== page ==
Overview of O2R and R2D Activities at JCSDA and NESDIS. S4 and JIBB Upgrades Status

- Indicates paper has been withdrawn from meeting
- Indicates an Award Winner
Monday, 5 January 2015
Krishna Kumar, NOAA/NESDIS/STAR/JCSDA, COLLEGE PARK, MD; and J. A. Jung, S. A. Boukabara, S. Nolin, and J. Stroik

JCSDA's operations to research (O2R) efforts are currently ongoing to have operational systems ported in a research environment. The current focus is in parallel testing prior to operational implementation in early November 2014 comprising of Global Forecast System (GFS) at triangular truncation 1534 (T1534, ~13 km) Semi-Lagrangian (SL) model, Grid point Statistical Interpolation (GSI) analysis at T574 and 80-member ENKF at T574 resolution available on the NESDIS-University of Wisconsin supported supercomputer - the existing (S4-Badger) and upgraded computing environments S4-Cardinal and JIBB. In conjunction with the high resolution model, for the purpose of research and development (R & D), a low resolution R & D version of the NCEP's 2014 GDAS system at T670 resolution of the GFS (SL), GSI (T254) and ENKF (T254) systems is being benchmarked for the JCSDA users to perform multiple experiments on JCSDA O2R environment.

A major expansion to the supercomputer S4 under the NOAA Sandy Supplemental Grant was completed in late July 2014 and the system is now available to researchers. The S4 expansion entailed an addition of a new S4 system called S4-Cardinal with 1,600 Intel E5-2680v2 2.8GHz compute cores, ~1050 TB disk storage with 180 scratch disks (2TB disks) and infiniband FDR-10 (40 Gbps) for networking in addition to S4 Badger. The upgrade will initially result in two separate systems for ease of continuing operations and in the immediate future we will begin working on merging the two systems into a single system.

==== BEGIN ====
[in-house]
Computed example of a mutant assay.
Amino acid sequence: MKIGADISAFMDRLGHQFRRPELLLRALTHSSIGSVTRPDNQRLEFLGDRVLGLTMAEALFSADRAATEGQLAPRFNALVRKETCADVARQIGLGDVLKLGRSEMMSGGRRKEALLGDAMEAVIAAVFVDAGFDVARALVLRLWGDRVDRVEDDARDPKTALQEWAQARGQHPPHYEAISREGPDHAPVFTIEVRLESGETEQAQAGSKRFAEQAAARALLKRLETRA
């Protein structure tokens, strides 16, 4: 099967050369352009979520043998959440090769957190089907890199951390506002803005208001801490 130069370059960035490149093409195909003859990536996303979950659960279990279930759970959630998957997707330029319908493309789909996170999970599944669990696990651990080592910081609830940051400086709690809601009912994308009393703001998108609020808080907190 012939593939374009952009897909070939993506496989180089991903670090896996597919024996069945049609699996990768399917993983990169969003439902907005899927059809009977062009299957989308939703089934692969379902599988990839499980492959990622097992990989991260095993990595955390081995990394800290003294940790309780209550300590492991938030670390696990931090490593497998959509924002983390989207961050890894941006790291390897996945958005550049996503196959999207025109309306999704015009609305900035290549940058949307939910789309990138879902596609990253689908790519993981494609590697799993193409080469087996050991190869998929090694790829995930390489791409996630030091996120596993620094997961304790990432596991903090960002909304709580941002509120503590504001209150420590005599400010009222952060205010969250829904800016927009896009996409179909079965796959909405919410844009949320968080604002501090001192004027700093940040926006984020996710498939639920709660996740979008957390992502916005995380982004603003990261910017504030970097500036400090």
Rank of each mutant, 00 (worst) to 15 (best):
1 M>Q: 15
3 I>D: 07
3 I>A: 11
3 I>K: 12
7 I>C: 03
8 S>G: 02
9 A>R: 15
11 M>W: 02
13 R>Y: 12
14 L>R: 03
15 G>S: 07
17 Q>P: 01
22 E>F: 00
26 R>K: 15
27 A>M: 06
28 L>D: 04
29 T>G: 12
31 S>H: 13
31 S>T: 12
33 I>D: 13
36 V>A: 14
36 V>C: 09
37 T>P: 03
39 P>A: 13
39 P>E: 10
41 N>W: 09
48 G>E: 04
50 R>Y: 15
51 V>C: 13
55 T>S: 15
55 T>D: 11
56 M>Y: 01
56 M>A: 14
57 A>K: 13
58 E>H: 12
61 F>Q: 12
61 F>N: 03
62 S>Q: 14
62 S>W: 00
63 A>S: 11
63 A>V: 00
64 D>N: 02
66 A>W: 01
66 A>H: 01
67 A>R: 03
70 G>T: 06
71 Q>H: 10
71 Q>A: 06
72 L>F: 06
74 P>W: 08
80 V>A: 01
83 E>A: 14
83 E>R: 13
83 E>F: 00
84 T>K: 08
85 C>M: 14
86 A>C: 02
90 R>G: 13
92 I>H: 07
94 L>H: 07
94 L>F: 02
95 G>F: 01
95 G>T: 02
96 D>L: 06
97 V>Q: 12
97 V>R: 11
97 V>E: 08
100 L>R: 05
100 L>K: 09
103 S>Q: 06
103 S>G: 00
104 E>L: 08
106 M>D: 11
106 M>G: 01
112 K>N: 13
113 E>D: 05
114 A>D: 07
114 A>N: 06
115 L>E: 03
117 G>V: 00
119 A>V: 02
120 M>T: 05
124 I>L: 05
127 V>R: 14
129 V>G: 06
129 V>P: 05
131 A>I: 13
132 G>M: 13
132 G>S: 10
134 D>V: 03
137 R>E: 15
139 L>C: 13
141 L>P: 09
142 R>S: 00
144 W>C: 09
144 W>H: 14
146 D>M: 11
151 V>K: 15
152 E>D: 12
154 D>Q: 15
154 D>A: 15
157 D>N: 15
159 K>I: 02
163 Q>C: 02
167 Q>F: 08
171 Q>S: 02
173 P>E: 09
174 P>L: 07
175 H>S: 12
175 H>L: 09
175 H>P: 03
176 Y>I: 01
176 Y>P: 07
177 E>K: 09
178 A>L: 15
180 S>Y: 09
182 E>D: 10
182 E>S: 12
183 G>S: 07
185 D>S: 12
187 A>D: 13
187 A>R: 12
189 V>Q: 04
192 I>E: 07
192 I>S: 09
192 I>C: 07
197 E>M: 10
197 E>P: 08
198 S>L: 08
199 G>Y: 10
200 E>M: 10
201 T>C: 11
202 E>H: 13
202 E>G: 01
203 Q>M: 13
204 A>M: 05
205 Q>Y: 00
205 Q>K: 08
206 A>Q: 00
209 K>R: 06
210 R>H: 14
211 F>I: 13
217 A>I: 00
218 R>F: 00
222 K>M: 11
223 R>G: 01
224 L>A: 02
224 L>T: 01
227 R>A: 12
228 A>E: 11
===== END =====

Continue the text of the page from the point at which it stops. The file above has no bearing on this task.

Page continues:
JCSDA's supercomputer JIBB based at NASA/GSFC also went through an expansion in March 2014. This includes the Intel Xeon Chip Sandy Bridge X5660 2.80 GHz, with 332.8 GFLOPs/node), 20.8 GFLOPS/core, 1,920 compute cores (120 nodes, 16 cores/node), 7.68 memory TiB (4 GiB Mem/node), 2.6 clock rate GHz and FSB or Mem I/O of 3x1066 MHZ with ~39.9 TFLOPs. The total number of JIBB compute cores is 5,376 (408 nodes), with 14.59 Memory TiB and ~78.6 TFLOP.

In addition to the GDAS system, JCSDA also supports other operational systems including the Hurricane Weather Research and Forecasting (HWRF), regional North American Mesoscale (NAM) with the NAM Data Assimilation System (NDAS), Hybrid Co-ordinate Ocean Model (HYCOM) and Land Information System (LIS) models. The JCSDA research to demonstration (R2D) to R2O conduit mainly will involve a comprehensive end-to-end assessment of the input satellite data to the GSI, an objective analysis of the outputs from the GDAS/NDAS/HWRF assimilation and GFS/NAM/HWRF forecast experiments using a complete Independent Assessment Tools (IAT) package. NAM 2014 and HWRF 2014 versions will be ported on to S4/JIBB as soon as the GDAS testing is completed.